– stripping surfing back down to its most elemental form

Drift Magazine

Drift MagazineWhether intentionally or not, Drift may revolutionize the traditional surf rag industry. Their message: “We feel it is important to create a positive future for surfing, and help to sustain the environment through a paperless magazine.” Drift Magazine is a free digital surfing publication that shares its profits with organizations like Surfers Against Sewage (SAS) and WILDCOAST.

Howard Swanwick, Online Editor at Drift, graciously gave us the time to talk about sustainability and the mission behind the magazine. At Phoresia we strongly believe that we live in an organic system, where everything is interconnected. Howard helps to make some of these connections clearer for us.

Q&A with Howard:

Q. What inspired you to create a strictly digital surfing publication?
Were you worried about it being too radical for the entrenched surfing culture to accept?

I have spent the last ten years in the magazine industry, and currently work for BBC Magazines in Bristol. In the last couple of years I’ve become increasingly aware of the need to address the problems, which the magazine industry poses to our world. I see this as a three-phase problem, which I will outline.

Firstly, producing magazines takes raw materials, namely paper. Even if paper is sourced from a sustainable forest, there is a generation gap in replanting, which means there are measurable lulls in CO2 absorption rates. Also, sustainable forests don’t support the same bio diversity as an ancient forest would. It’s very hard to make a magazine without using some virgin fiber.

Secondly, the printing process relies on chlorine-bleached paper and inks (some of which contain dioxins) which end up in the drainage system and ultimately in the water table, rivers and oceans. Some publishers have addressed this by adopting methods like soy-based inks.

Thirdly, magazines are over produced, to cope with unexpected demand at the newsstand. Magazines aren’t just sold to subscribers; if they were it would be easy to print exactly the right amount of magazines. However newsstands are less predictable. In the US alone, 2.9 billion magazines were produced, but not read last year. That’s an enormous amount of magazines, which get pulped. Recycling magazines takes energy, and that’s not even considering the purchased magazines and what happens to them when consumers are done reading them.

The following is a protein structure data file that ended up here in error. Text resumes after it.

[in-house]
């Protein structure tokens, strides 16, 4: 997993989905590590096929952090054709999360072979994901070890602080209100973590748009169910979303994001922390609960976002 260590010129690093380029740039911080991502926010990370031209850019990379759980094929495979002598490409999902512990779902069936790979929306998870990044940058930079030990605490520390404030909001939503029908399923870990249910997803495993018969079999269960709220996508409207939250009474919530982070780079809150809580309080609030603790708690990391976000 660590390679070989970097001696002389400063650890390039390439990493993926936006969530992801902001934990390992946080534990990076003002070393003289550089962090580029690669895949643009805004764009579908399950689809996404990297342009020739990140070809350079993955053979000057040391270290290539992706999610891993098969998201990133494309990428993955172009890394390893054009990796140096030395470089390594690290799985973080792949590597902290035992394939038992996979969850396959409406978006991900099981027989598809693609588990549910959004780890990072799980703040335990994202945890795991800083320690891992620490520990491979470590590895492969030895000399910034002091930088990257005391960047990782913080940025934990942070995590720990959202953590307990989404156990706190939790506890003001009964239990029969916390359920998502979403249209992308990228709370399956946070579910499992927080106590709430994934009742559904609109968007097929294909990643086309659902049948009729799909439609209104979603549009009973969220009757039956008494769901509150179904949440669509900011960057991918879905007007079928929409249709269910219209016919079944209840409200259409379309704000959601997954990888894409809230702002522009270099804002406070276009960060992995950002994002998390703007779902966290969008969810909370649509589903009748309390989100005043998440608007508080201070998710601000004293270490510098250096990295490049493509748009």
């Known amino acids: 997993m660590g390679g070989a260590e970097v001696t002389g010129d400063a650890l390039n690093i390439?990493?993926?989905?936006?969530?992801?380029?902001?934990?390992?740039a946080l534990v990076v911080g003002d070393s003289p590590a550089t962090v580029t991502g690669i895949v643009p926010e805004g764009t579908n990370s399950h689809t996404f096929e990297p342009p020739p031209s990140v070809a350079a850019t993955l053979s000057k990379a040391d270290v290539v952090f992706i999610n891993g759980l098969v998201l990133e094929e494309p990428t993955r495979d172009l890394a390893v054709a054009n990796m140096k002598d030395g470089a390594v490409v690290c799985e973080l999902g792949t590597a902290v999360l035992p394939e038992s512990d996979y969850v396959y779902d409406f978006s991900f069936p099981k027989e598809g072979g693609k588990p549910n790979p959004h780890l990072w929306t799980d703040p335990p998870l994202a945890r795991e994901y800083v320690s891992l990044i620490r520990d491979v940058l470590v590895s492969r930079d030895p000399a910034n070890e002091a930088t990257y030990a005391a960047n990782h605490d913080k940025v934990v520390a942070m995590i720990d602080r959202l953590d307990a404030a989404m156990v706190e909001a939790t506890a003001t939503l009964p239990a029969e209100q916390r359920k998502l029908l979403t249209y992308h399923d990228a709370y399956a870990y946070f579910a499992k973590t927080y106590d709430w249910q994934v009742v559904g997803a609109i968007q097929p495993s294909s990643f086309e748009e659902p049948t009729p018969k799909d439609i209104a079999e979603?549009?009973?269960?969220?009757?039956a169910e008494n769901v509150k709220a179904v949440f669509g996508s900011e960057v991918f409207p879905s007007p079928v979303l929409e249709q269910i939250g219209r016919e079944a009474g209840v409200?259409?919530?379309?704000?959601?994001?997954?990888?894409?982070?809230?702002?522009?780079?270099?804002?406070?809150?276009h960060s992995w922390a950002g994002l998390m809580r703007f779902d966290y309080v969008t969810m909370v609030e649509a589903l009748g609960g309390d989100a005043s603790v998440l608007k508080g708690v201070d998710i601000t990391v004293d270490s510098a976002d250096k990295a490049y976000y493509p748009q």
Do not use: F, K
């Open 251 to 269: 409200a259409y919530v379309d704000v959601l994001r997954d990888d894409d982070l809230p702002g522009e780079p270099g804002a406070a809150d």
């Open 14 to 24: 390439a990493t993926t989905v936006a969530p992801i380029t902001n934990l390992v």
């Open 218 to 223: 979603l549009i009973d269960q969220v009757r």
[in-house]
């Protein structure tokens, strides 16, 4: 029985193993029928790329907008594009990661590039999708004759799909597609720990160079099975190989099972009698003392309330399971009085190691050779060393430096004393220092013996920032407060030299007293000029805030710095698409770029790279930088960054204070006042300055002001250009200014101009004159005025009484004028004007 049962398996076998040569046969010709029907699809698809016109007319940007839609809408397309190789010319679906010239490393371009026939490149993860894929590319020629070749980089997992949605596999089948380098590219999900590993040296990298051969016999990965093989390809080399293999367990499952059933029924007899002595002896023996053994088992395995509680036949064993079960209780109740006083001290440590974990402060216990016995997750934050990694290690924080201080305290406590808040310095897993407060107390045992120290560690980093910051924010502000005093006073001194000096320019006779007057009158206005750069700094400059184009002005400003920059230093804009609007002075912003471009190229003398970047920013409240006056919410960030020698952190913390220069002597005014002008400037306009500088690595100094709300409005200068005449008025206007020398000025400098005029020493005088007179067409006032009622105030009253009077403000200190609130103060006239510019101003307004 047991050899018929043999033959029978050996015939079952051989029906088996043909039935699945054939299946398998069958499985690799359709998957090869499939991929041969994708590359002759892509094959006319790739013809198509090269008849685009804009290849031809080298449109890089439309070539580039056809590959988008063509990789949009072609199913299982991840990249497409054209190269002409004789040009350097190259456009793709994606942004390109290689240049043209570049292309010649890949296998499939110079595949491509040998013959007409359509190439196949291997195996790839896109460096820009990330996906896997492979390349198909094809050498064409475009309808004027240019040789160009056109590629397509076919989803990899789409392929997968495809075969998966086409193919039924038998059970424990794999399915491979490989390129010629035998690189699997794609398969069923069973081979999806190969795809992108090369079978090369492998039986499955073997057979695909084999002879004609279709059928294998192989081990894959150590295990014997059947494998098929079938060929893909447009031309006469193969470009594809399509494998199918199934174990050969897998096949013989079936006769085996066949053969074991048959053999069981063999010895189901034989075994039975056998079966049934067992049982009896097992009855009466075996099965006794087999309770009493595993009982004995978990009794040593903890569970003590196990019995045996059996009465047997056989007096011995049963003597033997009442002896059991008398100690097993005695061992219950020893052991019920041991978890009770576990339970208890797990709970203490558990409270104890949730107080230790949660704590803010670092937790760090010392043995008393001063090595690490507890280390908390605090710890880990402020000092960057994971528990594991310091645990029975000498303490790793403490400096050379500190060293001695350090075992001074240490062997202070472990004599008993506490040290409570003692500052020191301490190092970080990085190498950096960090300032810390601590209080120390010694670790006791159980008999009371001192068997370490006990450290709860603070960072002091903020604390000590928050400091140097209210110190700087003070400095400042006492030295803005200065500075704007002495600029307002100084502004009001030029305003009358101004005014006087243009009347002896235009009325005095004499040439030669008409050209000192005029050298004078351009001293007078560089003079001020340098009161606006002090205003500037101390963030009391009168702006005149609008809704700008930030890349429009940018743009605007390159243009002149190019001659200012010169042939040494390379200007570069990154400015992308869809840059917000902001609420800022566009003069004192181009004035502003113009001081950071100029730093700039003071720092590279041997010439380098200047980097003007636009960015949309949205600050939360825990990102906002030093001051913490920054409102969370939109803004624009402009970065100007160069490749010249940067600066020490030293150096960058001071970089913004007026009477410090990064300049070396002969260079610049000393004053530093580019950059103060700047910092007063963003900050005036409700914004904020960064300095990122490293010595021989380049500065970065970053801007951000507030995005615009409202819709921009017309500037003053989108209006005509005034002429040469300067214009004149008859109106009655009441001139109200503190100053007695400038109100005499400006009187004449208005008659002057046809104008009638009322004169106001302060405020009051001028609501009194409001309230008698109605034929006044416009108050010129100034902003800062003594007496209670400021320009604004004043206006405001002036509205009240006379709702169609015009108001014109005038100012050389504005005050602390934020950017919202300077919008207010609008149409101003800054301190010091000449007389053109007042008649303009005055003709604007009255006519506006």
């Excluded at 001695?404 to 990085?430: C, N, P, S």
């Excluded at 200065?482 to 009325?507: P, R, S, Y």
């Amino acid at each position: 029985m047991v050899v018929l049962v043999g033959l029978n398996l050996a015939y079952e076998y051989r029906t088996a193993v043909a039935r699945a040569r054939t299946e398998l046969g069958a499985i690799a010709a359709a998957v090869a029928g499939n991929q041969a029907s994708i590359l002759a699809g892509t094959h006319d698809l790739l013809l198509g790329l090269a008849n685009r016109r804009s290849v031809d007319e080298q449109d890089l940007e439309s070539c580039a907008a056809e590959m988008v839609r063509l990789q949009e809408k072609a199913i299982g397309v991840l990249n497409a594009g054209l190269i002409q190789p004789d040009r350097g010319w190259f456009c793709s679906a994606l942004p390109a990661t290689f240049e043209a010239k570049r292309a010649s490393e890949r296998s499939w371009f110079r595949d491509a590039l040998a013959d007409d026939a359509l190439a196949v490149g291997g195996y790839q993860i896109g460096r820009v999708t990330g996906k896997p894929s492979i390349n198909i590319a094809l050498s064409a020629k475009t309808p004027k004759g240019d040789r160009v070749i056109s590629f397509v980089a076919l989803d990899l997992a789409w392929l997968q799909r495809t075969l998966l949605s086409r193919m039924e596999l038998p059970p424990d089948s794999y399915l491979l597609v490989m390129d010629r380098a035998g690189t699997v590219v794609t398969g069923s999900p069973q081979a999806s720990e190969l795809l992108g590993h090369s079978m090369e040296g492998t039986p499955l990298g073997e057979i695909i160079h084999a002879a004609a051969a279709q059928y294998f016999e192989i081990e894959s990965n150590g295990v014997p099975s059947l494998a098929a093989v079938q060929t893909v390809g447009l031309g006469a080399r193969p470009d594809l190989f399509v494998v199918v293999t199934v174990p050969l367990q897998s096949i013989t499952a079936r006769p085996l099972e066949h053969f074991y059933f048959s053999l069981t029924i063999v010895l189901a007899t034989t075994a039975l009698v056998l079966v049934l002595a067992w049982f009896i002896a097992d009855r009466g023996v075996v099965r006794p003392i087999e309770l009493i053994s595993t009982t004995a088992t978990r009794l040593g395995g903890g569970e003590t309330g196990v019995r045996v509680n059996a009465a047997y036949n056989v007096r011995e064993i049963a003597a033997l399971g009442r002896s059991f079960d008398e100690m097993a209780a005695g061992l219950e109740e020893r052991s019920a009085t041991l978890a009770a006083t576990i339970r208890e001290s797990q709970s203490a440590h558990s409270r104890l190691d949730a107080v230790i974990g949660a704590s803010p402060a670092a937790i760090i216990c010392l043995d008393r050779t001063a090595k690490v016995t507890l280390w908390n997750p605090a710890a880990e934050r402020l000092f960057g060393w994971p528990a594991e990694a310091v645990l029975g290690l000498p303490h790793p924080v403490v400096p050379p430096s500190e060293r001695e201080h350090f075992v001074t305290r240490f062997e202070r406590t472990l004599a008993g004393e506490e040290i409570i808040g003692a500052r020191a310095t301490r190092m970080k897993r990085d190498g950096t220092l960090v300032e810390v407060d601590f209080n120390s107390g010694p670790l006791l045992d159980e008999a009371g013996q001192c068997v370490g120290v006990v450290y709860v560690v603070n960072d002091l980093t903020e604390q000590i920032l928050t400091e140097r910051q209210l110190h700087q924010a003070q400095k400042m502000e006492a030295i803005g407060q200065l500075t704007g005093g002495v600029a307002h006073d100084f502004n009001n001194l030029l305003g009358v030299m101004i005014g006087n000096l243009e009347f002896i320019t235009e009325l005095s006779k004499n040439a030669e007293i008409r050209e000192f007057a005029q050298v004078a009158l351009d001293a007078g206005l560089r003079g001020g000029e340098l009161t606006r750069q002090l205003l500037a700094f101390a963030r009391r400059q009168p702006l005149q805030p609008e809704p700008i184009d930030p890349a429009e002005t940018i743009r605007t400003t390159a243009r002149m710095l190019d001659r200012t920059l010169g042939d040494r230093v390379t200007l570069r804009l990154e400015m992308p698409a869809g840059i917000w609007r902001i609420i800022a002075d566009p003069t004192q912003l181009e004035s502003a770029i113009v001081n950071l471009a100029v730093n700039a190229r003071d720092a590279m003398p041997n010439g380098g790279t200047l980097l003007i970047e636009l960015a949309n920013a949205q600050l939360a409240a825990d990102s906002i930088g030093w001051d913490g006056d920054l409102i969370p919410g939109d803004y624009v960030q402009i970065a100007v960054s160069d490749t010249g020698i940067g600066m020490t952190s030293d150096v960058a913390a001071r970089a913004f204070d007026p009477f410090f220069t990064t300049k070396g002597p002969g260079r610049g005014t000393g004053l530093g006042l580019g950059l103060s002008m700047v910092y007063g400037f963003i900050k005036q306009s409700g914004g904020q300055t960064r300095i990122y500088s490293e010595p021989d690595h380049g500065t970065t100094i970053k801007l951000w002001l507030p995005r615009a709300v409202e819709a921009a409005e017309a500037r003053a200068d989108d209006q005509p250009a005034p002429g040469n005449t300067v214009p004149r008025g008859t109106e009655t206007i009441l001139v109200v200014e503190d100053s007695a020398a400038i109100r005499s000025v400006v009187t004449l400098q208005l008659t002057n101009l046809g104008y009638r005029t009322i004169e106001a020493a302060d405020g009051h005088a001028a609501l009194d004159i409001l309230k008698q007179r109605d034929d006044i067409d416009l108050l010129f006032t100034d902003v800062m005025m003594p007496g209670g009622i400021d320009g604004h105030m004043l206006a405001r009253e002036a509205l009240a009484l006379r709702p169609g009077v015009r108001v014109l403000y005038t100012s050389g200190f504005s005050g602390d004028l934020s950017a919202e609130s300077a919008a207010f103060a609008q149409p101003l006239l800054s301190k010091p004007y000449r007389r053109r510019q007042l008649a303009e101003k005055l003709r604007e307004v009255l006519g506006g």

When it comes to the environment, surfing has a very unique relationship with the world around us. Surfers enjoy those moments where they can appreciate the world in its entire splendor; in a way you can’t get a football game or watching tennis. In that sense it’s not a sport, it’s a calling to our most basic instincts, the relationship with nature. When we understand this, we can come to terms with how we are affecting climate change and pollution levels.

Most importantly, we don’t wish to evangelize, we simply want to exist to offer surfers the choice to make a difference. We don’t want to hold a proverbial gun to anyone’s head. As Al Gore pointed out in ‘An Inconvenient Truth’, it’s a matter of joining up the dots and realizing the answers to our problems are right in front of us before it’s too late. So surfers can choose to accept us, or steer clear of us, it’s their choice. Surfers represent a broad cross section of society, and are usually sensitive enough to understand these concepts.

Q. Can you tell us a little more about how Drift is helping to support the work of organizations such as Surfers Against Sewage?

When we first started Drift we hoped that the magazine would sell, and that we would donate 5% of sales to Surfers Against Sewage. However we very quickly realised that Drift would have to be free to work. Our relationship with SAS is now based on donations from advertising. We work with them to raise awareness of their campaigns and also will be talking to them about getting involved in some of their events.